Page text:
A coalition of environmental and fishing groups on Thursday filed the first of what are expected to be many lawsuits challenging Gov. Jerry Brown’s $17.1 billion plan to build two massive water tunnels through the Sacramento-San Joaquin Delta. The suits, filed in U.S. District Court in San Francisco, come four days after two federal agencies said the controversial project can coexist with endangered Delta fish.
Archive for date: July 3rd, 2017
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Winter weather brings seismic tremors. A new study reveals how water buildup and runoff throughout the year can increase stress along faults in California, triggering small earthquakes. “This kind of observation is extremely important to constrain our models of earthquakes,” says Jean-Philippe Avouac, a geologist at Caltech who was not involved in the study. Improved models could ultimately help scientists better forecast seismic activity. Snow and rain compress mountain ranges in Northern California several millimeters during wet winter months. But with the weight of the water gone during the dry summers, the landscape lifts back up.
Federal wildlife officials gave the first approval last week to Gov. Jerry Brown’s decade-old plan to re-engineer California’s water system by building twin tunnels to ship water around the delta to cities and farms. It’s a regrettable step in a long, costly and politically charged approval process with an uncertain outcome. It doesn’t make sense to spend $17 billion to move water instead of investing in water saving and reuse. Within 72 hours, environmental groups and fishing interests sued, saying the agencies are failing to protect native salmon and allowing the river to degrade further.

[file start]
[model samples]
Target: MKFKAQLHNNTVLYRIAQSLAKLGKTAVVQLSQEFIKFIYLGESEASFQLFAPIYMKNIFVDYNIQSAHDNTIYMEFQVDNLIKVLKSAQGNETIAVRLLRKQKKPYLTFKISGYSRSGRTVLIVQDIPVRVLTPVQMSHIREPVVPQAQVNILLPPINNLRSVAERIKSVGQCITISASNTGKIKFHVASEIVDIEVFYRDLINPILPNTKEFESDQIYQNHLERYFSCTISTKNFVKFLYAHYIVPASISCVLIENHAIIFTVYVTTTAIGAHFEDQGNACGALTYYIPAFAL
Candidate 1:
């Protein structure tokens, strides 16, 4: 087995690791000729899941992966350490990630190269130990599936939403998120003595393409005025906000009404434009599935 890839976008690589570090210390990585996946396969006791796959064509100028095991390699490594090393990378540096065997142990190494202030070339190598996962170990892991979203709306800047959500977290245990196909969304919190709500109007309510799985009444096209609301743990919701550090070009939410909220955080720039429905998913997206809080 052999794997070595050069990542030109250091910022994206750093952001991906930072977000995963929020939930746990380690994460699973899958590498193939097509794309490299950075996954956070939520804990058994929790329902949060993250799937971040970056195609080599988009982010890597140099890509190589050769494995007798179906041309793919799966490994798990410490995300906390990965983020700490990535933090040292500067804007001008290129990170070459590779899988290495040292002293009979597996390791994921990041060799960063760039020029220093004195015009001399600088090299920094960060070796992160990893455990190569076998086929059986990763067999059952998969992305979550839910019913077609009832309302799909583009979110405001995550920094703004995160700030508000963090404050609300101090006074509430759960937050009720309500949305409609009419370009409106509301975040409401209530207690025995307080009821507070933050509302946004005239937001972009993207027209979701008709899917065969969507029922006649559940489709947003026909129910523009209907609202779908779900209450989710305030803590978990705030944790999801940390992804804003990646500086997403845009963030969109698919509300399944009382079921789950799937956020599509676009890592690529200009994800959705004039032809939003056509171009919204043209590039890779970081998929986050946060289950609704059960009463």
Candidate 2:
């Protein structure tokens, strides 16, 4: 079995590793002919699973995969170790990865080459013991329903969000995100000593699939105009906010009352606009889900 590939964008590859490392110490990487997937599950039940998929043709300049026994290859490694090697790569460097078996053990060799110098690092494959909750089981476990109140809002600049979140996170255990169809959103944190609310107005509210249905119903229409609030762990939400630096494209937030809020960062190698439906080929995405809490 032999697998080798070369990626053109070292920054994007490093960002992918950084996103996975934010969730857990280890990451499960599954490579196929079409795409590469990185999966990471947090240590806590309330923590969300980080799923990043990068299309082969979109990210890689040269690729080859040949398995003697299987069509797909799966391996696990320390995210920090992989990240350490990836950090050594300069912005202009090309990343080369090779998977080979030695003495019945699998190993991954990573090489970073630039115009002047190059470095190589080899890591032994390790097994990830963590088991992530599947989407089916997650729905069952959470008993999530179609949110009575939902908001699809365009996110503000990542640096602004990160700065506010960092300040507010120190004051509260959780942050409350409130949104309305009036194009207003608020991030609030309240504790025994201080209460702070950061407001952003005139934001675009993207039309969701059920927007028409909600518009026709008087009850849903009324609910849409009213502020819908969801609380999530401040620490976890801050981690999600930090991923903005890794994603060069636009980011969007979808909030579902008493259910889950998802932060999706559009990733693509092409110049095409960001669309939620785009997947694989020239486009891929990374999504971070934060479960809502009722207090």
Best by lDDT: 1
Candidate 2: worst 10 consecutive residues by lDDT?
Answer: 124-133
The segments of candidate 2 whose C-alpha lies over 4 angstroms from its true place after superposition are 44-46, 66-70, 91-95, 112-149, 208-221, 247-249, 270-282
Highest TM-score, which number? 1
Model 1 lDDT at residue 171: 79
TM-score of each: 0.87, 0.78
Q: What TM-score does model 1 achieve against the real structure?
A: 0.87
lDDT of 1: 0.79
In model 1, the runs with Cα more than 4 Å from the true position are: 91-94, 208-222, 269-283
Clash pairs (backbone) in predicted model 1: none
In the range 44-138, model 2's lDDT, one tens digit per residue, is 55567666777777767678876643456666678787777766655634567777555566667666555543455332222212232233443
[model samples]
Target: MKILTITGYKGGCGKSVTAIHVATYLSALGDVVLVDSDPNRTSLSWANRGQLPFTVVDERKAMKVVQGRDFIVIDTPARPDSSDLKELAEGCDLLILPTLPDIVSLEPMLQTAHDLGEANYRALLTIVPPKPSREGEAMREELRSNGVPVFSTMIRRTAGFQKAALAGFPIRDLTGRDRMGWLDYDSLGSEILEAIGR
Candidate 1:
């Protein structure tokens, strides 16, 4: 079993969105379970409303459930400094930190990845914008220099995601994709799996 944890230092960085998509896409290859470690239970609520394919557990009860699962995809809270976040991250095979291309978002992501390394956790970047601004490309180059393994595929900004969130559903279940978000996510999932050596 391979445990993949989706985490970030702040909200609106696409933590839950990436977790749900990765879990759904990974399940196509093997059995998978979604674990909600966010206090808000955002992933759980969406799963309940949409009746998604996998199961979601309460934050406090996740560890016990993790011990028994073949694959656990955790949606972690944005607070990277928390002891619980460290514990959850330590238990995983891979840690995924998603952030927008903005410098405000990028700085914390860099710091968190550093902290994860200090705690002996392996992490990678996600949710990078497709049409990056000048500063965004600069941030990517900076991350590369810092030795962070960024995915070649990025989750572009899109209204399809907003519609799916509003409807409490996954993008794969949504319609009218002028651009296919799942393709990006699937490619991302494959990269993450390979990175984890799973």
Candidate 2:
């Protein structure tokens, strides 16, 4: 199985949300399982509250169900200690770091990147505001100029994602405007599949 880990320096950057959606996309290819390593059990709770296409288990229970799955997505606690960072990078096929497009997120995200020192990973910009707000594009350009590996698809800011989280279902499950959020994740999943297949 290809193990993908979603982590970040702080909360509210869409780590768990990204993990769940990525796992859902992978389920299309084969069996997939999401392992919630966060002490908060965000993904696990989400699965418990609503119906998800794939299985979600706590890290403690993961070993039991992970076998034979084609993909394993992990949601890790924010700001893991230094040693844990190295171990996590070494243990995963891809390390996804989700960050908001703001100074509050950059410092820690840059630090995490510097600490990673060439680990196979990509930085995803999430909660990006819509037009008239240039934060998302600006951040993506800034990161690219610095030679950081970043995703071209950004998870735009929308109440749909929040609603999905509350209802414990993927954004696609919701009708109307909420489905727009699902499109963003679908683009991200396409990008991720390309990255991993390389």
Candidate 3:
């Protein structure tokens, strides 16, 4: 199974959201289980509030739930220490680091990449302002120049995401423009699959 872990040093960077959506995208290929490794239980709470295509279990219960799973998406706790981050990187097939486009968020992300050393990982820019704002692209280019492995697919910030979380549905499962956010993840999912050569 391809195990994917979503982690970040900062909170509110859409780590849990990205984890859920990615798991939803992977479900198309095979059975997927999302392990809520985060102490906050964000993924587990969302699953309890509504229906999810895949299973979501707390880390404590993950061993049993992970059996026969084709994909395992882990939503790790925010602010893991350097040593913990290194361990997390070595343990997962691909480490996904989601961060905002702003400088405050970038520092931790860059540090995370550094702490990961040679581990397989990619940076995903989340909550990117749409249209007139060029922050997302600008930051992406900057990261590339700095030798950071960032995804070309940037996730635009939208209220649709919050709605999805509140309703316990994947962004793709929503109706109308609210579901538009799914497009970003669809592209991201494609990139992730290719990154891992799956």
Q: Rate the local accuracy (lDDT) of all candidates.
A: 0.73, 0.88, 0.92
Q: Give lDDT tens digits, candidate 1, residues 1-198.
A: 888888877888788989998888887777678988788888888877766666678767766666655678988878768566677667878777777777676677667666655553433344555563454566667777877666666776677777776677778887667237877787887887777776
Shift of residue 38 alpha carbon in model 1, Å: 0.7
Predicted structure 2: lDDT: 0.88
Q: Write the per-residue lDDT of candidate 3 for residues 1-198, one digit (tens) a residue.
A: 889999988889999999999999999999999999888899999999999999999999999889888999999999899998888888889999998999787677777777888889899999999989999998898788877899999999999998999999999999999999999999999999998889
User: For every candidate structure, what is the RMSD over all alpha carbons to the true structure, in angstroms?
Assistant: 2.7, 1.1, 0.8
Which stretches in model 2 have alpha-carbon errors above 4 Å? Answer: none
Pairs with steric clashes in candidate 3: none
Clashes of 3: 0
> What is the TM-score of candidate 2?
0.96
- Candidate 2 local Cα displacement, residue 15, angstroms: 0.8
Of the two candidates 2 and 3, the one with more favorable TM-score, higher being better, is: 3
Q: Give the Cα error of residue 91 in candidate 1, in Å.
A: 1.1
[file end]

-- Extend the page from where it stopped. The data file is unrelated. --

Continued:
The Metropolitan Water District of Southern California today released the first of three “white papers” on the Delta tunnels, which are supposed to inform MWD board members as the district moves toward a September vote on the project. Most of what’s in there has been reported previously. But here are a few things I found interesting: The JPA. It has already been reported that the state Department of Water Resources and the water contractors were considering forming a joint powers authority to oversee construction.